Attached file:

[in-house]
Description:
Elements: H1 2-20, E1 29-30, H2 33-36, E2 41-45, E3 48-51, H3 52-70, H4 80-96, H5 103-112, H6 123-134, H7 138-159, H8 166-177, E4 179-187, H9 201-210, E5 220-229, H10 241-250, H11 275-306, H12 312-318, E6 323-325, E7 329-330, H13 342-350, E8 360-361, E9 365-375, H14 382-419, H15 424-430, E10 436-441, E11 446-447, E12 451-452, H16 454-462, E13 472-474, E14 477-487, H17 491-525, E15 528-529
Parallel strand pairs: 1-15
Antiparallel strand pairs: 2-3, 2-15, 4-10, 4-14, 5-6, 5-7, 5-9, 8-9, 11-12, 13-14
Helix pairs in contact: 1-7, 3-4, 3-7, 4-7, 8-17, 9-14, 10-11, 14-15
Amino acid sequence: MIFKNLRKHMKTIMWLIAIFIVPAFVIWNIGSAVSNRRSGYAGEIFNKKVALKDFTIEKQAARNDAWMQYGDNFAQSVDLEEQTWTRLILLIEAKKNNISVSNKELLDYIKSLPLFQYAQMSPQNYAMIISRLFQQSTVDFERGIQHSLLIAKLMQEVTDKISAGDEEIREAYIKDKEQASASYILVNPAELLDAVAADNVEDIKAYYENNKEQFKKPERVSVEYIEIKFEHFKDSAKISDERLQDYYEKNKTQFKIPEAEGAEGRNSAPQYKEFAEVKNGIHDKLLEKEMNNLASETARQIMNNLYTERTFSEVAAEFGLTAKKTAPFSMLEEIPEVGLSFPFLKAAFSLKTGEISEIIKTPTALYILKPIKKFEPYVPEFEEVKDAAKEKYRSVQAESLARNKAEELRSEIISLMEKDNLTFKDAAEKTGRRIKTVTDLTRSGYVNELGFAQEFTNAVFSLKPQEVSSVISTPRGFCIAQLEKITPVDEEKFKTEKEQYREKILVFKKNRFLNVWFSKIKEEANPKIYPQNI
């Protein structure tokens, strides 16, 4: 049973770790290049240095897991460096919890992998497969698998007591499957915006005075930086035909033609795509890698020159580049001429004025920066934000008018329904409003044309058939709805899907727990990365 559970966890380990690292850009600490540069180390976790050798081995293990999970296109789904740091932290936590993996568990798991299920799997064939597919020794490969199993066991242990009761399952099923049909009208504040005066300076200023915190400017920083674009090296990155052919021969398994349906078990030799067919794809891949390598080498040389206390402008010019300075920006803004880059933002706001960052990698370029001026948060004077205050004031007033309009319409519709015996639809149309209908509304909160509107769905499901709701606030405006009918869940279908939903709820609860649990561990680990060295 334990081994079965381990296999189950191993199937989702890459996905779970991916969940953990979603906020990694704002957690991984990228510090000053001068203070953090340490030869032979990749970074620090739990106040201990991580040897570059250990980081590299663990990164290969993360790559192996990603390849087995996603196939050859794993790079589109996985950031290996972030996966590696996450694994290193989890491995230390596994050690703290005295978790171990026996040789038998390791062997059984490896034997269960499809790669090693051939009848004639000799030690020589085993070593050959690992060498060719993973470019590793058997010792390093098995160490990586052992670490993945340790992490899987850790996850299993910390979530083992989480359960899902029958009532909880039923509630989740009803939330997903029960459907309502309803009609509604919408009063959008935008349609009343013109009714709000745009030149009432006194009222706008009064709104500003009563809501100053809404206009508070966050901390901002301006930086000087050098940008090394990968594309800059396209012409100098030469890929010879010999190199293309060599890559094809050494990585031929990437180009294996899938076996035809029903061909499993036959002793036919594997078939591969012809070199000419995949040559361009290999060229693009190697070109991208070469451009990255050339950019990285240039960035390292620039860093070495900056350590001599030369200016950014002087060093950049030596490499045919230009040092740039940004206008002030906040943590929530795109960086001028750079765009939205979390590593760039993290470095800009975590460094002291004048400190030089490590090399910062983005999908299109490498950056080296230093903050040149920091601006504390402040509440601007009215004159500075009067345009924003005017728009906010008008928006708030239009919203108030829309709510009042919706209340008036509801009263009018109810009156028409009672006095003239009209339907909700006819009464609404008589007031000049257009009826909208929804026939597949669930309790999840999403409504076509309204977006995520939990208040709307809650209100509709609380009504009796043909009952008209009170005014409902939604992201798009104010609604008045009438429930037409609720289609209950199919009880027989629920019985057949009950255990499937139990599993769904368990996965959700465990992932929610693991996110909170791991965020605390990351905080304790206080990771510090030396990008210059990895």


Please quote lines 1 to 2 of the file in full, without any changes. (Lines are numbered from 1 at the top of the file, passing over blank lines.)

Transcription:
[in-house]
Description: